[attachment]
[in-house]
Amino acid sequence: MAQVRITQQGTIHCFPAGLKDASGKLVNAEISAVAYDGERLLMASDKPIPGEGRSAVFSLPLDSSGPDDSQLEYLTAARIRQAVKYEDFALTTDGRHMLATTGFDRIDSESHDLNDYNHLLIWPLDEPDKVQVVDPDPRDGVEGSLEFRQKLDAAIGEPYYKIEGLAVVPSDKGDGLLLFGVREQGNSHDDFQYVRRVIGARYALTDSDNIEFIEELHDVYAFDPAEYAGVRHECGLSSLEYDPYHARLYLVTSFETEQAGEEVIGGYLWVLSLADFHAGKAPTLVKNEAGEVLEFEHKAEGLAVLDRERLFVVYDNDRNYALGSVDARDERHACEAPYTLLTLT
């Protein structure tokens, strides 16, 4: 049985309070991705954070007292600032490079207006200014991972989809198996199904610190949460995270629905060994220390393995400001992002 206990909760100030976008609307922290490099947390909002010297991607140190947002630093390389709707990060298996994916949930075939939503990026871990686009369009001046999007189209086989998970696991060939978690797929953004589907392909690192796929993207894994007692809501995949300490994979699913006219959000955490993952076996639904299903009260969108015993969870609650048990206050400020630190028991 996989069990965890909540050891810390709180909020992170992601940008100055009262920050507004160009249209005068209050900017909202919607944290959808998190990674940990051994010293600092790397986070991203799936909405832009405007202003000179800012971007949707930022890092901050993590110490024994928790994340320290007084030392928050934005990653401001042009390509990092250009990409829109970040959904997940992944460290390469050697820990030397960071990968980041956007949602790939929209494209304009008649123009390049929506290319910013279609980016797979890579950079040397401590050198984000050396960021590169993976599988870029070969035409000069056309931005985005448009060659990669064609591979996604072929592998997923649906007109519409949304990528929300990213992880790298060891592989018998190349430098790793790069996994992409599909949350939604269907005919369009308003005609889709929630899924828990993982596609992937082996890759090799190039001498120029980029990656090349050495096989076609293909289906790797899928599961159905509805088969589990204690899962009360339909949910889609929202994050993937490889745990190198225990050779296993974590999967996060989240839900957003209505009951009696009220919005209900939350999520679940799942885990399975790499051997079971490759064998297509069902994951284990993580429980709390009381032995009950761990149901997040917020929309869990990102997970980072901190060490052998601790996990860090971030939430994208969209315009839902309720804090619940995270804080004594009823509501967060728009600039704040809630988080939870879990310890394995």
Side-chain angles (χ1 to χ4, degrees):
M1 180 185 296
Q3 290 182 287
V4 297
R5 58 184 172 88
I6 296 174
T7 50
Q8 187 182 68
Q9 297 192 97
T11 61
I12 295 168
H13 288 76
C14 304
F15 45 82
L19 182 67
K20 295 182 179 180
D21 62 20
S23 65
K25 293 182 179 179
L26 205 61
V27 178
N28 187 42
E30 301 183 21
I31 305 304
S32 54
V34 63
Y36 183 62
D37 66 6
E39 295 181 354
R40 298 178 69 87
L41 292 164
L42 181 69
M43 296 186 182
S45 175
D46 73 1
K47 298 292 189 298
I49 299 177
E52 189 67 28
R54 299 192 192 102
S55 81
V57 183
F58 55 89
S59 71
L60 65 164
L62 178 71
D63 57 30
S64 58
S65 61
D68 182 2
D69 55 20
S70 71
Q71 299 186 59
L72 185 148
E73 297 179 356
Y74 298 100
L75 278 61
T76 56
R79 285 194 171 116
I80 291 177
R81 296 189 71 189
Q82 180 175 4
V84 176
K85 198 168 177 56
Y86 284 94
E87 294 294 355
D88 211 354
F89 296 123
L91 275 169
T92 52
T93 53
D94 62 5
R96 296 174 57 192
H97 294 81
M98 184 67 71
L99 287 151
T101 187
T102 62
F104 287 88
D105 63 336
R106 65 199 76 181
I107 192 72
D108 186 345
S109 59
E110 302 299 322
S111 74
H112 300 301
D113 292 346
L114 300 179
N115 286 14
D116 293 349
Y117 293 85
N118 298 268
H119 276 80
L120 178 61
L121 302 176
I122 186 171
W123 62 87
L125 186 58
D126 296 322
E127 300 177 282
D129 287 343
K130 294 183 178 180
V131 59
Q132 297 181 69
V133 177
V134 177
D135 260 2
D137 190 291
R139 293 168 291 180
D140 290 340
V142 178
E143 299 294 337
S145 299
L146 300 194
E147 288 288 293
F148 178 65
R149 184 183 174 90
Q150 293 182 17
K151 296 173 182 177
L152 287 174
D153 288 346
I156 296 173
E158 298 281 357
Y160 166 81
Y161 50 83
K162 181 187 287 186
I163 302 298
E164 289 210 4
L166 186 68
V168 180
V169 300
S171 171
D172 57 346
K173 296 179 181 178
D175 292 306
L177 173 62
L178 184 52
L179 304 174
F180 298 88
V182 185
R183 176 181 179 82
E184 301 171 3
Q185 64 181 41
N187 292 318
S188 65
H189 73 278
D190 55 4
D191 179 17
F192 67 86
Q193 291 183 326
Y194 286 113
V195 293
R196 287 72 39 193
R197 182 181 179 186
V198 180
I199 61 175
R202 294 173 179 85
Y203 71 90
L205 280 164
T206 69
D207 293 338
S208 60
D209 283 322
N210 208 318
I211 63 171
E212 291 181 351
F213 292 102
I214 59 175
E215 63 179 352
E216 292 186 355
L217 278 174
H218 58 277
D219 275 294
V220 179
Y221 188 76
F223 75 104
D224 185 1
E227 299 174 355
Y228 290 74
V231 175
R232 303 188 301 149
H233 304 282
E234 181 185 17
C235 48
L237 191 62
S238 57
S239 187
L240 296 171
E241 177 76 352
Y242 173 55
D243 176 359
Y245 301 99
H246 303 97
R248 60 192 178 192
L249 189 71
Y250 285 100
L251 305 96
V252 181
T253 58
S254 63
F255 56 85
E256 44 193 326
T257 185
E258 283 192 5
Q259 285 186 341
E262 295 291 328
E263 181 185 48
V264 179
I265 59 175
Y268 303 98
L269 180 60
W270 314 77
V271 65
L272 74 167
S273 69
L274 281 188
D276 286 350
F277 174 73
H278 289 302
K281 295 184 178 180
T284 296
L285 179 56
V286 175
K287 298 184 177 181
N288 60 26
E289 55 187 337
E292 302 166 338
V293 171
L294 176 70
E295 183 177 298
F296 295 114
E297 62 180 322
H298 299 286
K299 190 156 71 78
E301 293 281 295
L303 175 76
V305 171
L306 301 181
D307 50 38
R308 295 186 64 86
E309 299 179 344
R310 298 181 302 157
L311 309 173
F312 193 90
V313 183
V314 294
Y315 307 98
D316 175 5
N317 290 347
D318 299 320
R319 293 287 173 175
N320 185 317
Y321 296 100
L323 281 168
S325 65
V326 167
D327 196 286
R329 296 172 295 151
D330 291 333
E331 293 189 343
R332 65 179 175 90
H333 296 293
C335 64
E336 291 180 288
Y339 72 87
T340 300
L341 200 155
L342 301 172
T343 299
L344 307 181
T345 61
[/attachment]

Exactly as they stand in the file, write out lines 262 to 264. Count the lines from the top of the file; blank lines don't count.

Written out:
D330 291 333
E331 293 189 343
R332 65 179 175 90